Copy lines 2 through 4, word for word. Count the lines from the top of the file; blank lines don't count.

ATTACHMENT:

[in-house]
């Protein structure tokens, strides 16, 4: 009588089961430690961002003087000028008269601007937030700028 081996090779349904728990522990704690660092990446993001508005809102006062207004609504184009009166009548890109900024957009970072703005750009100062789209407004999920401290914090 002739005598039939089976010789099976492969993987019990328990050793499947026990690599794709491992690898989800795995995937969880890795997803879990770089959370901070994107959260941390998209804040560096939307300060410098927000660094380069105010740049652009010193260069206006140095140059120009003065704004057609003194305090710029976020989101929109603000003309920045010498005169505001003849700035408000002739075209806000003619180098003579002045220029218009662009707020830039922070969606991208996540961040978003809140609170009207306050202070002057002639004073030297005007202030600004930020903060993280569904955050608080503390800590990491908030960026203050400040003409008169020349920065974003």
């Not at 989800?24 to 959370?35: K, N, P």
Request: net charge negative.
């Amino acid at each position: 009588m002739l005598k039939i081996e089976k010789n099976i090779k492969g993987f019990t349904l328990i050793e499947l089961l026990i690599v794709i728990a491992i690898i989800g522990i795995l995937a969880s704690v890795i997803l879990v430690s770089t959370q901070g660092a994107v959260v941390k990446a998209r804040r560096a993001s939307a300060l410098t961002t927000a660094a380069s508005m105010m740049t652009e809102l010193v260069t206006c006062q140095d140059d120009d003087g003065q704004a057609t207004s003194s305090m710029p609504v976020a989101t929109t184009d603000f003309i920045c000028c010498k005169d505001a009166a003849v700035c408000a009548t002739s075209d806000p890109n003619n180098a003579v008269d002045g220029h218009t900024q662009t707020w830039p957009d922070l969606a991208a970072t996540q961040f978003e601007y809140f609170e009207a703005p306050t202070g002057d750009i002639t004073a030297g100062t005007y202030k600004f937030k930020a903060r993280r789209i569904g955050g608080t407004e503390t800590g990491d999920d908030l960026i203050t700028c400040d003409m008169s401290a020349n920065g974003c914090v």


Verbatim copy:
């Protein structure tokens, strides 16, 4: 009588089961430690961002003087000028008269601007937030700028 081996090779349904728990522990704690660092990446993001508005809102006062207004609504184009009166009548890109900024957009970072703005750009100062789209407004999920401290914090 002739005598039939089976010789099976492969993987019990328990050793499947026990690599794709491992690898989800795995995937969880890795997803879990770089959370901070994107959260941390998209804040560096939307300060410098927000660094380069105010740049652009010193260069206006140095140059120009003065704004057609003194305090710029976020989101929109603000003309920045010498005169505001003849700035408000002739075209806000003619180098003579002045220029218009662009707020830039922070969606991208996540961040978003809140609170009207306050202070002057002639004073030297005007202030600004930020903060993280569904955050608080503390800590990491908030960026203050400040003409008169020349920065974003």
């Not at 989800?24 to 959370?35: K, N, P």
Request: net charge negative.